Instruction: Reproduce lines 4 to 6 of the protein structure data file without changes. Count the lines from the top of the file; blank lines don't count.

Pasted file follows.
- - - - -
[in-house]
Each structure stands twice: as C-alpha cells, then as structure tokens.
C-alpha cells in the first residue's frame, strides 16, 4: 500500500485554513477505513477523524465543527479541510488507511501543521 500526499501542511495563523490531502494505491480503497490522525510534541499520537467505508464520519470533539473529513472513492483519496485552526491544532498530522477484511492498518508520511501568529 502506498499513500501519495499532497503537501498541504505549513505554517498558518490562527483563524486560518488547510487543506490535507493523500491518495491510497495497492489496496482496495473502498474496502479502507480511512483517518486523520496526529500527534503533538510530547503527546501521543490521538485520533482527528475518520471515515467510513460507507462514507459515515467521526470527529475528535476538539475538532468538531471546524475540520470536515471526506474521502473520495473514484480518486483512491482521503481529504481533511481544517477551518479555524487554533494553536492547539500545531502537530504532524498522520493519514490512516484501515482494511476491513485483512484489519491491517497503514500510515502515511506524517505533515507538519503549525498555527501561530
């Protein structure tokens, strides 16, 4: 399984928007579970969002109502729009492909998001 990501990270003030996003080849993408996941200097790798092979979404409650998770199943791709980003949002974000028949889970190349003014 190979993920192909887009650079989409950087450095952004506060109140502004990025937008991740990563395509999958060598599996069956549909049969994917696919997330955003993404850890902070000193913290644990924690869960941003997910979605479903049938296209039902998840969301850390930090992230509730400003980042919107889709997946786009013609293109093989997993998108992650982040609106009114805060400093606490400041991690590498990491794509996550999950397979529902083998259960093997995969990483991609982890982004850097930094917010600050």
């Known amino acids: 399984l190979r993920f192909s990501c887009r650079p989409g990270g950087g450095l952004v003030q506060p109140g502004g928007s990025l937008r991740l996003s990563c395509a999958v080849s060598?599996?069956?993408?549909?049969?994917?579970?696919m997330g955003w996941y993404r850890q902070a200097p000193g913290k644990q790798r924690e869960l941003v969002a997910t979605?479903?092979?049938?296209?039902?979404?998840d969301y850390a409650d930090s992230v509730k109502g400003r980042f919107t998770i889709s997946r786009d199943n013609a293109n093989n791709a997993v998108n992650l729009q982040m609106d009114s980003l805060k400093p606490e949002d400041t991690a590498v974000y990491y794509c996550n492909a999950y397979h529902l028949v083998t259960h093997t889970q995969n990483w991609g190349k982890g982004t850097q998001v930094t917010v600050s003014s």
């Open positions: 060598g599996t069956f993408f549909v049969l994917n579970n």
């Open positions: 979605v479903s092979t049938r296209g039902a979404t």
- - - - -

């Protein structure tokens, strides 16, 4: 399984928007579970969002109502729009492909998001 990501990270003030996003080849993408996941200097790798092979979404409650998770199943791709980003949002974000028949889970190349003014 190979993920192909887009650079989409950087450095952004506060109140502004990025937008991740990563395509999958060598599996069956549909049969994917696919997330955003993404850890902070000193913290644990924690869960941003997910979605479903049938296209039902998840969301850390930090992230509730400003980042919107889709997946786009013609293109093989997993998108992650982040609106009114805060400093606490400041991690590498990491794509996550999950397979529902083998259960093997995969990483991609982890982004850097930094917010600050």
């Known amino acids: 399984l190979r993920f192909s990501c887009r650079p989409g990270g950087g450095l952004v003030q506060p109140g502004g928007s990025l937008r991740l996003s990563c395509a999958v080849s060598?599996?069956?993408?549909?049969?994917?579970?696919m997330g955003w996941y993404r850890q902070a200097p000193g913290k644990q790798r924690e869960l941003v969002a997910t979605?479903?092979?049938?296209?039902?979404?998840d969301y850390a409650d930090s992230v509730k109502g400003r980042f919107t998770i889709s997946r786009d199943n013609a293109n093989n791709a997993v998108n992650l729009q982040m609106d009114s980003l805060k400093p606490e949002d400041t991690a590498v974000y990491y794509c996550n492909a999950y397979h529902l028949v083998t259960h093997t889970q995969n990483w991609g190349k982890g982004t850097q998001v930094t917010v600050s003014s």
């Open positions: 060598g599996t069956f993408f549909v049969l994917n579970n």